There was a loud knock on the front door. Penny went to answer it. They were the Hell's Angels-Drago who were after Derek, because of some arrangement that Derek had made and that no-one in the house knew anything about. Roy went out to the front of the house to explain to the Hell's Angels-Drago that Derek was busy with a girl upstairs. The Hell's Angels-Drago didn’t want to know. They got really heavy with Roy. The youngsters in the community locked themselves inside the house, terrified, because the fight was nothing to do with them. John Atkins went to warn Derek (shut in the bedroom) of what was going on in the street. In no time Derek came down the stairs with a knife in one hand and an iron chain on the other, plus Tara behind (Tara had also been locked in the room with him and the skin-head girl until now). Then it was too much for us to stay inside the house and we all left to see the fight on a corner further down the street. We didn't know what to do. Andrew Lovelock, ‘the nobleman’, was having a ‘bad trip’ and lamented inconsolably that the house at 63 Saint Anne Street was no longer the same as it used to be. A little further on down the Hell's Angels were fighting with the greatest violence, which involved everything: knife, chain, club, iron bar, and the interventions of Tara (the dog). The spectacle was horrific and too violent for people from the community of peace & love and nobody wanted to stay watching the scene. We went back inside the house, devastated. A few minutes later Roy, Derek and Tara came back. Roy was all smeared with blood. The girls in the community washed him (with warm cloths) and took care of Roy's wounds. Derek, without the slightest scratch, went back through the living room as rapidly as he’d come down, without saying a word, and went up the stairs in the direction of the bedroom. He stayed there for another two hours with the skin-head girl. By that time everyone had long since given up on listening to music in the bedroom.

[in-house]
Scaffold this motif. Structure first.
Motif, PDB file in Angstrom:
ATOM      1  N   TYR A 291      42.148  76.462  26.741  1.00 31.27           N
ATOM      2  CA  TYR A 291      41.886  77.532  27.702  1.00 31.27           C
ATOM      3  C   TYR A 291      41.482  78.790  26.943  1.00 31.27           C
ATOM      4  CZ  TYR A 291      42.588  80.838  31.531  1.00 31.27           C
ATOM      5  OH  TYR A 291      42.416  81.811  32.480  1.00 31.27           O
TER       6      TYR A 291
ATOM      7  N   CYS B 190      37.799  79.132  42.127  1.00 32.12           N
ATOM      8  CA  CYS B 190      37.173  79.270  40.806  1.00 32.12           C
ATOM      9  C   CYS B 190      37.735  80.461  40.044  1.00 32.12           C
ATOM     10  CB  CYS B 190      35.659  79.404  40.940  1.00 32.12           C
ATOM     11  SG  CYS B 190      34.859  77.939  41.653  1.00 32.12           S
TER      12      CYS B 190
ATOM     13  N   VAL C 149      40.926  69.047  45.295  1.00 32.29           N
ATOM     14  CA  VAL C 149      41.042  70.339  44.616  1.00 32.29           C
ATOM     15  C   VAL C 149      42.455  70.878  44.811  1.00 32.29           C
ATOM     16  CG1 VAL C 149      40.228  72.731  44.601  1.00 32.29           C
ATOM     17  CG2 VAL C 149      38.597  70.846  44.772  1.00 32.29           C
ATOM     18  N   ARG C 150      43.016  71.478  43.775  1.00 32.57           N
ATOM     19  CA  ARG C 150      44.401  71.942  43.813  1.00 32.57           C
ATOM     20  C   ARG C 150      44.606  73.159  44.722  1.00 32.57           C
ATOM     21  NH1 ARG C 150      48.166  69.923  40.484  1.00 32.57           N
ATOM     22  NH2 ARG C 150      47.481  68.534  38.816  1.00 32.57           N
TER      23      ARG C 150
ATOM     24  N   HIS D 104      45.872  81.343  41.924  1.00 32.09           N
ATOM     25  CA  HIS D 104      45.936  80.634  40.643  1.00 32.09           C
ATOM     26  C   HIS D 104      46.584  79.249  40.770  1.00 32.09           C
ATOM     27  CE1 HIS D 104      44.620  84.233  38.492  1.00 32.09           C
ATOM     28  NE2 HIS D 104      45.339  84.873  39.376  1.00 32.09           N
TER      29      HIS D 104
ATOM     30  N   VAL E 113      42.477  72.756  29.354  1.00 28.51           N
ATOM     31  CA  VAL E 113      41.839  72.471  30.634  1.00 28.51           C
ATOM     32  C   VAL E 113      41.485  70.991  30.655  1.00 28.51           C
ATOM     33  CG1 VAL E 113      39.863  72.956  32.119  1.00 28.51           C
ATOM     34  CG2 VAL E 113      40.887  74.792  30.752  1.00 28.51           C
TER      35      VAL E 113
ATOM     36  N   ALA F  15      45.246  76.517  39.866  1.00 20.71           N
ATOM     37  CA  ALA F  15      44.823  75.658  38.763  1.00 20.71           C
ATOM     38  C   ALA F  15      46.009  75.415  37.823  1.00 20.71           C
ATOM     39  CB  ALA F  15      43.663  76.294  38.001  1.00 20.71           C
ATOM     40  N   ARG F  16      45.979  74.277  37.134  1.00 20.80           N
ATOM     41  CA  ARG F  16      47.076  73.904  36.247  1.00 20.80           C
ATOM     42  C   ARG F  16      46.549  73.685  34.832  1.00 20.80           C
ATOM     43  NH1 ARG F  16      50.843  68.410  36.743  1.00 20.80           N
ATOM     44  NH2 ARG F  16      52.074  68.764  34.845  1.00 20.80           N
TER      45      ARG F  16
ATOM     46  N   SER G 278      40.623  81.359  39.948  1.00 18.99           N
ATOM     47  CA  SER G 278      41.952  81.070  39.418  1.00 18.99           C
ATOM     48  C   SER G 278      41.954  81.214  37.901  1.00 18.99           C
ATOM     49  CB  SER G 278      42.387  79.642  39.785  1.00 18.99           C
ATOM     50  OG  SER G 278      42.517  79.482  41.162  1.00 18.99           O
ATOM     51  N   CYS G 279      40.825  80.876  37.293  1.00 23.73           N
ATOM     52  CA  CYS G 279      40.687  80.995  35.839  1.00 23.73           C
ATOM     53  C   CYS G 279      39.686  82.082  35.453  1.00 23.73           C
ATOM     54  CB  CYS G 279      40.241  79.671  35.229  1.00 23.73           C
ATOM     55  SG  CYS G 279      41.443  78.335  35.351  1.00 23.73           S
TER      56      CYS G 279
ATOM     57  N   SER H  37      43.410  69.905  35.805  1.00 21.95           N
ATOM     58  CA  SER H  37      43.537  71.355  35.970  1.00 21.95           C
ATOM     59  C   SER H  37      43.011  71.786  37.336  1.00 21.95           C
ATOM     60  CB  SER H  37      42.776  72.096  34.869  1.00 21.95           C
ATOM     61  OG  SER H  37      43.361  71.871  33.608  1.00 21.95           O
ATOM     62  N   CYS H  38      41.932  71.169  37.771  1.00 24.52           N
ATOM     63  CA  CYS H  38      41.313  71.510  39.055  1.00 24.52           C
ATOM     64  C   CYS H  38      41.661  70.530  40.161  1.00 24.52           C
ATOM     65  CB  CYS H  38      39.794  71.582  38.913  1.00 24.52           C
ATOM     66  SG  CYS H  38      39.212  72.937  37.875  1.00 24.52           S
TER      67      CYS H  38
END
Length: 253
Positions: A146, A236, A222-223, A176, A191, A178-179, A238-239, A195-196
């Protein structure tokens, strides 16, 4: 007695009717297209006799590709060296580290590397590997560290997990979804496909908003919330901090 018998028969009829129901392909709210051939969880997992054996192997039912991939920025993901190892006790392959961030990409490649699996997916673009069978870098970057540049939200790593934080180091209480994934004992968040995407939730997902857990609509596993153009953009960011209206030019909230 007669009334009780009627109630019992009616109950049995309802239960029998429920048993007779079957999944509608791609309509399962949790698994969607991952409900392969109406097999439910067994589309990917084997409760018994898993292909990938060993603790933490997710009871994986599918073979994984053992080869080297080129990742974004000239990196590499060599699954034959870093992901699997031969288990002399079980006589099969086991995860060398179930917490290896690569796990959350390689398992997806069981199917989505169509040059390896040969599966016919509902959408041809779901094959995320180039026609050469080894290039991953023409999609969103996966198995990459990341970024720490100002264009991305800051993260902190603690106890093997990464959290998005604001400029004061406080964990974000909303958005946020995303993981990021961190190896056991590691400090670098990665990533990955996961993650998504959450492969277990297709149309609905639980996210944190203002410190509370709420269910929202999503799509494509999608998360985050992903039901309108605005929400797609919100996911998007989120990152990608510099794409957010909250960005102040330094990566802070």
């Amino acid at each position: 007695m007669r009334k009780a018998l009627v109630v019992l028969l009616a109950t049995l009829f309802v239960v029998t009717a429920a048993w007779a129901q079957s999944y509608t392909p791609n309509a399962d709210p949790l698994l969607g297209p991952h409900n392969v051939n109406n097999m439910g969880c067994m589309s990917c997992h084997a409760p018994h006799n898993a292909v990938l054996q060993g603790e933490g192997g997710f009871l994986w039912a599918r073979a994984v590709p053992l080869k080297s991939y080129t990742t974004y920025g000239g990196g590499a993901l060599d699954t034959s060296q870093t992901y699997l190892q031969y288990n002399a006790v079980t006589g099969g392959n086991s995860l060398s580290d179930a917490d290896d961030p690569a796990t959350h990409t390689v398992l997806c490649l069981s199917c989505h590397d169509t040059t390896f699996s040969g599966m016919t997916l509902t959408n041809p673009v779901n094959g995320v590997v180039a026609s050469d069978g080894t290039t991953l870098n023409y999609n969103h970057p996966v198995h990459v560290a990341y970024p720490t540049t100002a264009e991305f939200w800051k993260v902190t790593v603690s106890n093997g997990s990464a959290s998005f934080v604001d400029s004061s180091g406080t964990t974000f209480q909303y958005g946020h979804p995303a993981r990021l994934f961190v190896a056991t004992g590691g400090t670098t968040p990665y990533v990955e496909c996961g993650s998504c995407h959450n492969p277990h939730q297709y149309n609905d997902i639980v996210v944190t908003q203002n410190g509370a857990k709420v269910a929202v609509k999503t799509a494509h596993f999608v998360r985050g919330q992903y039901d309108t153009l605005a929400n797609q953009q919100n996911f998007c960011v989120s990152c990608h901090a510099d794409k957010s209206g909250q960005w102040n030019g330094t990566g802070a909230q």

Andrew Lovelock, ‘the nobleman’, left the following day. He moved to London in order to get a job and form a band. Andrew Lovelock played the drums. Before he left he gave me his London address. There was something in the expression in the depths of Andrew Lovelock’s eyes that made me think of him as another self. But this, in one way or another, happened with all the inhabitants of the house in Saint Anne Street. I think it was love that made me see things in that light.